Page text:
The notion of an ‘informal economy’ came out of my own ethnographic experience in the slums of Ghana’s capital city, Accra. At that time, around 1970, it was thought that only the state could engineer economic development. Economists wrote about escalating ‘urban unemployment’ in the Third World, yet I knew that Accra’s inhabitants were working, if only for low or erratic returns. No single idea, such as ‘the State’, can capture what people really do and I wanted to make visible their ‘informal’ economic activities, so that these could be taken into account in development policy. The goal then and now was to combine formal and informal contributions to development more effectively. There are tasks of large-scale coordination that only public and private bureaucracies can undertake and there are many that are best left to people’s capacity for self-organization. Bringing them together is extraordinarily difficult, but it happened at Warwick.
I was asked to point to comparable examples elsewhere, but I cannot think of any. City planners, often personified in some heroic or demonized figure, usually ride roughshod over the lives of people dislocated by their plans. Consulting the latter is too laborious to be taken seriously. Street traders have sometimes been moved to new purpose-built accommodation where they are supervised by and accountable to the authorities. But I have not come across any other example where the interests of street traders and local authorities were negotiated with mutual respect over a period as long as the Warwick project.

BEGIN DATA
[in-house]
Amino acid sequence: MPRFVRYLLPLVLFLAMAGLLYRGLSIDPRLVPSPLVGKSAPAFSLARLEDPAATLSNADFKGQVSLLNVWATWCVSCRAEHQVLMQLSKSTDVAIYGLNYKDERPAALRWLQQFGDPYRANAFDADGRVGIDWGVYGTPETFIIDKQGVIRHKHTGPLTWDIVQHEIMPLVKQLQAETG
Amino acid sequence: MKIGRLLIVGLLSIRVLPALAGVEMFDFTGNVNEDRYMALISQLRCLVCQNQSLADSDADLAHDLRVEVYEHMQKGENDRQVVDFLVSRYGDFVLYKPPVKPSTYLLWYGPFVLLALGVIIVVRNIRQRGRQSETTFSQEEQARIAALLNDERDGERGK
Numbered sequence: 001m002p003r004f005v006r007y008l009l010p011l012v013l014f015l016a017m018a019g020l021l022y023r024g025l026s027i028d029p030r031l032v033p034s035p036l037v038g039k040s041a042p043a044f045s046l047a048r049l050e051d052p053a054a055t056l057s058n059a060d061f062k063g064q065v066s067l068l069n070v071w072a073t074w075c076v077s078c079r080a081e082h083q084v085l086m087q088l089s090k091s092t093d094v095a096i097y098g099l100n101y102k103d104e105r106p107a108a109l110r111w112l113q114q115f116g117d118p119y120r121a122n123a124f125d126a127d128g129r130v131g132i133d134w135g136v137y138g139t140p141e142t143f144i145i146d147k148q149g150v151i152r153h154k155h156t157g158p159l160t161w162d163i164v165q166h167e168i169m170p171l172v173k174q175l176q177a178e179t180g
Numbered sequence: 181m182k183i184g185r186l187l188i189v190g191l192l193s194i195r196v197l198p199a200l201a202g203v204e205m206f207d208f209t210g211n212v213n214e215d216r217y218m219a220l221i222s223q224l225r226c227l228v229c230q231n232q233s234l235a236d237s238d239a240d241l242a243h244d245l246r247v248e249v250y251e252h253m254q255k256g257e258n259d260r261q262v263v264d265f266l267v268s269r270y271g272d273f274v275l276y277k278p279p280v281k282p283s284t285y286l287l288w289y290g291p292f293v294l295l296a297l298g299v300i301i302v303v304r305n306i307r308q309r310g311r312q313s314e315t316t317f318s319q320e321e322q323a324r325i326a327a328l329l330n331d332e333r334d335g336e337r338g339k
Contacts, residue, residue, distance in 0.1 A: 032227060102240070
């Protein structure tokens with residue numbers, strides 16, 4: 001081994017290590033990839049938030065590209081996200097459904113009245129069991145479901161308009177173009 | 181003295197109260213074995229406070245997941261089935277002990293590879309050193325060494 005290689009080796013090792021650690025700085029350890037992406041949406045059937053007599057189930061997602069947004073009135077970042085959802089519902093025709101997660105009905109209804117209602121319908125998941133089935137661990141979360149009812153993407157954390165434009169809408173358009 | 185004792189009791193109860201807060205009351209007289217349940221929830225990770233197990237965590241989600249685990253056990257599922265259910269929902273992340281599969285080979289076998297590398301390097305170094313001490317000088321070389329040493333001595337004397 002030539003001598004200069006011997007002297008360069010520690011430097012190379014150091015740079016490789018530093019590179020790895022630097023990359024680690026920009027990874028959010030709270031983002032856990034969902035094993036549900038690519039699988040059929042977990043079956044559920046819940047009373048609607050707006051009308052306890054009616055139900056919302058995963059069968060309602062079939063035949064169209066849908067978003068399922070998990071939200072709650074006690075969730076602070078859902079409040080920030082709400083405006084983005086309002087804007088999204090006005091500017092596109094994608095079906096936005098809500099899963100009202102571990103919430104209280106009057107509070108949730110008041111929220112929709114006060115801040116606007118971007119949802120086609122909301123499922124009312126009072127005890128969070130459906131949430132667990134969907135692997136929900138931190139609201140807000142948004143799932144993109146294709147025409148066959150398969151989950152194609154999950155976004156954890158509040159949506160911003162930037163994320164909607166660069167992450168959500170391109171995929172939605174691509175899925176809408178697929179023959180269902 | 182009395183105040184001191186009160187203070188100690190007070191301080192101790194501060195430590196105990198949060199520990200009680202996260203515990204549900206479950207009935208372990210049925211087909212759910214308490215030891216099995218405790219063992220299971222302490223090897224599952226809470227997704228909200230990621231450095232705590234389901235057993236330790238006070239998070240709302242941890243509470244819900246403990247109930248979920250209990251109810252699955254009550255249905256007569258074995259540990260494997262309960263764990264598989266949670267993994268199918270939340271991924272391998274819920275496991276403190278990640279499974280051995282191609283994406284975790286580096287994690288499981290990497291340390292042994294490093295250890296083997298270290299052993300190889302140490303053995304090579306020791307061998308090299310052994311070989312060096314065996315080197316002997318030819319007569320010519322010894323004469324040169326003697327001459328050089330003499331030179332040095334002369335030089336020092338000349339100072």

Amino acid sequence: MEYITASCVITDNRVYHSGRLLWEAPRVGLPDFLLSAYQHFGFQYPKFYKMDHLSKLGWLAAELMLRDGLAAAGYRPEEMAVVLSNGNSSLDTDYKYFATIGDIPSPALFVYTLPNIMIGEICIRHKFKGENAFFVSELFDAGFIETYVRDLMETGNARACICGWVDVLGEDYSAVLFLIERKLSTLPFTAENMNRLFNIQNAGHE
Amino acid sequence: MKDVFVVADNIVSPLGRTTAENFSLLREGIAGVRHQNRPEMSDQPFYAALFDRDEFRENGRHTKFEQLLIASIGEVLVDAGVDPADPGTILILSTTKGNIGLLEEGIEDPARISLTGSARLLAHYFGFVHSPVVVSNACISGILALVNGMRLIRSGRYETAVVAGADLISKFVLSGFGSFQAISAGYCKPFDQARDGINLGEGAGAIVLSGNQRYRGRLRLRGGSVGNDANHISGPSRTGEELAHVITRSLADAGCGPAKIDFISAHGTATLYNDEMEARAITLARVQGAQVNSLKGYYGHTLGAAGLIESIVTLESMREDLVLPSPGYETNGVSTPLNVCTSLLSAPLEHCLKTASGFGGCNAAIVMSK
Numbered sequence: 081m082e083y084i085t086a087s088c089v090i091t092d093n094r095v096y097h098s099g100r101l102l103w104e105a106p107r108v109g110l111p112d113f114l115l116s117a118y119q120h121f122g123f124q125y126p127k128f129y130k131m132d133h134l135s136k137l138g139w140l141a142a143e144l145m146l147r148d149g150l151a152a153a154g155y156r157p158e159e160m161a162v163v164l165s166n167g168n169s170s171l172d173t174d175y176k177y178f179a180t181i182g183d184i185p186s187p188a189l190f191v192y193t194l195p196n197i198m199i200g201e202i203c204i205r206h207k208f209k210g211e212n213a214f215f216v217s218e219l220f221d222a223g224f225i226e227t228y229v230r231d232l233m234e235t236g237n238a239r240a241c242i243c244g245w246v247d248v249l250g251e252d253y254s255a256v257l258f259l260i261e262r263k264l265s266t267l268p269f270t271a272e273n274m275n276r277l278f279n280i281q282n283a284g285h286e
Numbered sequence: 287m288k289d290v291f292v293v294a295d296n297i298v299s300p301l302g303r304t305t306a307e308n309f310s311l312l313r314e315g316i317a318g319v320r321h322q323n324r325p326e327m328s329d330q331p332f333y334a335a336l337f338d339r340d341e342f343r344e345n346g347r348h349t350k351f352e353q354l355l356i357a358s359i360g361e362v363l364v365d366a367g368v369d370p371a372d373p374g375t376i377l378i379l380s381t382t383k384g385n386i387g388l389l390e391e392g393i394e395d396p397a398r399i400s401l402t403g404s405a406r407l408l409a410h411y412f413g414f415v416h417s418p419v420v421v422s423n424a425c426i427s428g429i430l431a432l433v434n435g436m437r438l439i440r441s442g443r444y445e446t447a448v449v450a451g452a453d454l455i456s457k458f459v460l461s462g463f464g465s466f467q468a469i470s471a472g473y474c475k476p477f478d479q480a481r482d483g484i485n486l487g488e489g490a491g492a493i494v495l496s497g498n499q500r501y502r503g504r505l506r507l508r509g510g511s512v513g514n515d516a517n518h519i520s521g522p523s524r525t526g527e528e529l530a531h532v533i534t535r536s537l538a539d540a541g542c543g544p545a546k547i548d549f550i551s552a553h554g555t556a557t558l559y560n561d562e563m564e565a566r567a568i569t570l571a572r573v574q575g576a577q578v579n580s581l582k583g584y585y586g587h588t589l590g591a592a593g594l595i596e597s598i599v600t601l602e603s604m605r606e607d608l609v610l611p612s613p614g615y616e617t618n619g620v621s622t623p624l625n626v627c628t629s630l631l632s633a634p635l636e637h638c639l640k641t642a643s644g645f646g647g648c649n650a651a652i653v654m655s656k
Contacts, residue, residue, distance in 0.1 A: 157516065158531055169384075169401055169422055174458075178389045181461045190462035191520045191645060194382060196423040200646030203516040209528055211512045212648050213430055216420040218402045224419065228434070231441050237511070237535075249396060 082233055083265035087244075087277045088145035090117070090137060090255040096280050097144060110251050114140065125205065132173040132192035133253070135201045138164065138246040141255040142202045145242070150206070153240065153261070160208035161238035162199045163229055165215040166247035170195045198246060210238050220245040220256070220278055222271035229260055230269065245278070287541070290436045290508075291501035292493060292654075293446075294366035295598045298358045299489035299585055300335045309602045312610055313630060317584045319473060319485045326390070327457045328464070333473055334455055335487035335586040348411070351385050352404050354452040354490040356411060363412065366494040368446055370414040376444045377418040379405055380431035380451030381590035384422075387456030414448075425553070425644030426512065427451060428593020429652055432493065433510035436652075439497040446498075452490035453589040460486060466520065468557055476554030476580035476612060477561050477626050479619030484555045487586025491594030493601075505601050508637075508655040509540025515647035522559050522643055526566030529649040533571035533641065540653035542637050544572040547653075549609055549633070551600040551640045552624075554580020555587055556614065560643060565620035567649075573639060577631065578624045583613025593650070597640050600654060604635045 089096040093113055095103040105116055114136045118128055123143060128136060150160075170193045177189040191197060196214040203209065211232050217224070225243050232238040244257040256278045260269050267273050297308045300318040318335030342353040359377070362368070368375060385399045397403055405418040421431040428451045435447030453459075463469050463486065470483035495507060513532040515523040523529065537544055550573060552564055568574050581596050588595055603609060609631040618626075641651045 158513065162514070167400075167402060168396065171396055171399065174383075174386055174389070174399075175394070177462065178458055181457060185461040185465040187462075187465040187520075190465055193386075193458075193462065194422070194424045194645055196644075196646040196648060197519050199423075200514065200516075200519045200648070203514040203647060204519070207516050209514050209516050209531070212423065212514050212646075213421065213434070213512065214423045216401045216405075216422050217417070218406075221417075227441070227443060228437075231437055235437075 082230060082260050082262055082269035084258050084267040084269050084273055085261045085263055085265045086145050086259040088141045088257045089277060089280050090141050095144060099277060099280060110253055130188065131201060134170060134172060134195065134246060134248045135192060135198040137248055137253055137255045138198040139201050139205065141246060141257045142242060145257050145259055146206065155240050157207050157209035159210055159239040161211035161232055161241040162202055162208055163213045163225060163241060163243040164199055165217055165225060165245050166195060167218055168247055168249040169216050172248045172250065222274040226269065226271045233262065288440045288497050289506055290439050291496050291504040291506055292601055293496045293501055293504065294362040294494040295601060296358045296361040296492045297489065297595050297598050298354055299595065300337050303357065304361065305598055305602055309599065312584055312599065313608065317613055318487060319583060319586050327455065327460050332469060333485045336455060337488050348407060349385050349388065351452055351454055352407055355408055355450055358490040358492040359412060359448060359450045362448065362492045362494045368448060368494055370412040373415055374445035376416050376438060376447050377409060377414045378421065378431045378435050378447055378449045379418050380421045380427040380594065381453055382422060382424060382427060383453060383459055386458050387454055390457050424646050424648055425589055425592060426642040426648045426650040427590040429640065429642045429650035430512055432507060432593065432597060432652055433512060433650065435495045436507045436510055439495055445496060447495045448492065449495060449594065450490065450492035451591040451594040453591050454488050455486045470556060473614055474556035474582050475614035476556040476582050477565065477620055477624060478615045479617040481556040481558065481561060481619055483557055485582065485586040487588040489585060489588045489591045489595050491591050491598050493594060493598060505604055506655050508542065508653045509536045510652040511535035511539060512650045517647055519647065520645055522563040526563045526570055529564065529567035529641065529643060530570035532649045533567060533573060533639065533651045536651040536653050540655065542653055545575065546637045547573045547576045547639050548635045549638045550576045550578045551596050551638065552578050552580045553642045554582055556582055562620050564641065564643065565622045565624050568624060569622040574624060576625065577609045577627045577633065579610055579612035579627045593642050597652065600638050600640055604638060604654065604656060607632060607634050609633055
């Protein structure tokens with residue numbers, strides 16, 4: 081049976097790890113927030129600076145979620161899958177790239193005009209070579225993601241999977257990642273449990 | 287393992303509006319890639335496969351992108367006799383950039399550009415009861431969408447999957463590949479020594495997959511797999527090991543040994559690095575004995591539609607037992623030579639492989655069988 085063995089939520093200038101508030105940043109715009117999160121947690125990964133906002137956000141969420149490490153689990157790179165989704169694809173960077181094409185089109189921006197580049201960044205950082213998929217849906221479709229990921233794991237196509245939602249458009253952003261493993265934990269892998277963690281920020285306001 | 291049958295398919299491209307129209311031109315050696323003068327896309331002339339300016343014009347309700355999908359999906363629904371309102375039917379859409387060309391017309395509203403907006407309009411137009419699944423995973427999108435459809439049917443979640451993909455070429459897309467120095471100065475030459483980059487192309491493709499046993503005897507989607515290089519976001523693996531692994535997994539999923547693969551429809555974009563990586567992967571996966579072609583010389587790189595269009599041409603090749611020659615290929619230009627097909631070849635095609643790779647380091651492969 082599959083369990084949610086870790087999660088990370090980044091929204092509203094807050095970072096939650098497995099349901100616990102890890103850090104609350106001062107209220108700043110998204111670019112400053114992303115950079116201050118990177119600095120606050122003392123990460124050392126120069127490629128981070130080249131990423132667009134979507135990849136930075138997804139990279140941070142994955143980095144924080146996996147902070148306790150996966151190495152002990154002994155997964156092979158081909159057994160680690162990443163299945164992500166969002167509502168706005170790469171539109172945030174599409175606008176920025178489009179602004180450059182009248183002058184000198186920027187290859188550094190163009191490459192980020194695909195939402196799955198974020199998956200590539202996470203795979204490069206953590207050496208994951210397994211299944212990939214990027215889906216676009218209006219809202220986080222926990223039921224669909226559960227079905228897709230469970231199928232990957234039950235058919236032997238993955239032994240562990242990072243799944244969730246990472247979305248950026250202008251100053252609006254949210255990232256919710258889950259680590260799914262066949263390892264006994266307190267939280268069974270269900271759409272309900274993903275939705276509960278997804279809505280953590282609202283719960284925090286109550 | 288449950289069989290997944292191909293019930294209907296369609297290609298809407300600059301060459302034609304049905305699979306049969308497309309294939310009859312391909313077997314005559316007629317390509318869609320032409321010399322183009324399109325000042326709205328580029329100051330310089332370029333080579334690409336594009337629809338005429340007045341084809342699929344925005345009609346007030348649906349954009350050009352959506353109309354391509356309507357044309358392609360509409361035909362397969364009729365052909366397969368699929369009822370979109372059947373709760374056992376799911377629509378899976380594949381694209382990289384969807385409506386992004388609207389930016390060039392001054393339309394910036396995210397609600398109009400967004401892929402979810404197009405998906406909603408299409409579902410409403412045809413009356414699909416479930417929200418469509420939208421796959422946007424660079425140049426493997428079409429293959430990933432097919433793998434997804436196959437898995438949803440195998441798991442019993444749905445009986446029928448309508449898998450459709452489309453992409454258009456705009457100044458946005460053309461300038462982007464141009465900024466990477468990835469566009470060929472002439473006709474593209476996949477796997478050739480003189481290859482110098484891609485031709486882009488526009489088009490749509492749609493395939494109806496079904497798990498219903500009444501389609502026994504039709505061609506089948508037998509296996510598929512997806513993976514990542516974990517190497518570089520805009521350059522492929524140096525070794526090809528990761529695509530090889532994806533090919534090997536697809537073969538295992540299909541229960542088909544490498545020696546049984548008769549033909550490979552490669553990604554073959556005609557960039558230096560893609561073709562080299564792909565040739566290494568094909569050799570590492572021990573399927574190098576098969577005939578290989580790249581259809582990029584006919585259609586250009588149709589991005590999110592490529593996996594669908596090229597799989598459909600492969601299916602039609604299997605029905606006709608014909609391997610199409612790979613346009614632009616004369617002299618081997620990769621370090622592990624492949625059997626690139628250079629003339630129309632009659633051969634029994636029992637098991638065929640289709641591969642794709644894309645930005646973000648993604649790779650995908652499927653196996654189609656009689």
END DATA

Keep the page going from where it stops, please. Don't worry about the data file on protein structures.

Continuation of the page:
Working in Warwick, through its beautiful illustrations and sparse prose, provides an excellent account of what was achieved there. With the help of Richard Dobson’s vision and painstaking leadership on the ground, poor people, coming from a long history of discrimination and high-handed treatment in the area, proved that they could work with urban authorities to enliven a city centre, generate employment for themselves and expand services for the population at large. As the book and these photos show, Warwick is not only a test case of economic, political and moral regeneration, it also has enormous aesthetic value. One of Jackson Pollock’s abstract expressionist paintings has lots of feet and faces buried in the whirls of colour. Movement and personality are the essence of our common humanity and together they made Warwick the vibrant social scene it is (or was). Half a million working class commuters pass through it every day, moving along pavements and walkways that offer a constantly changing outlook on the market and the city, as well as access to an impressive number of street traders selling a multitude of affordable commodities. Any normal person would be bound to find it exhilarating.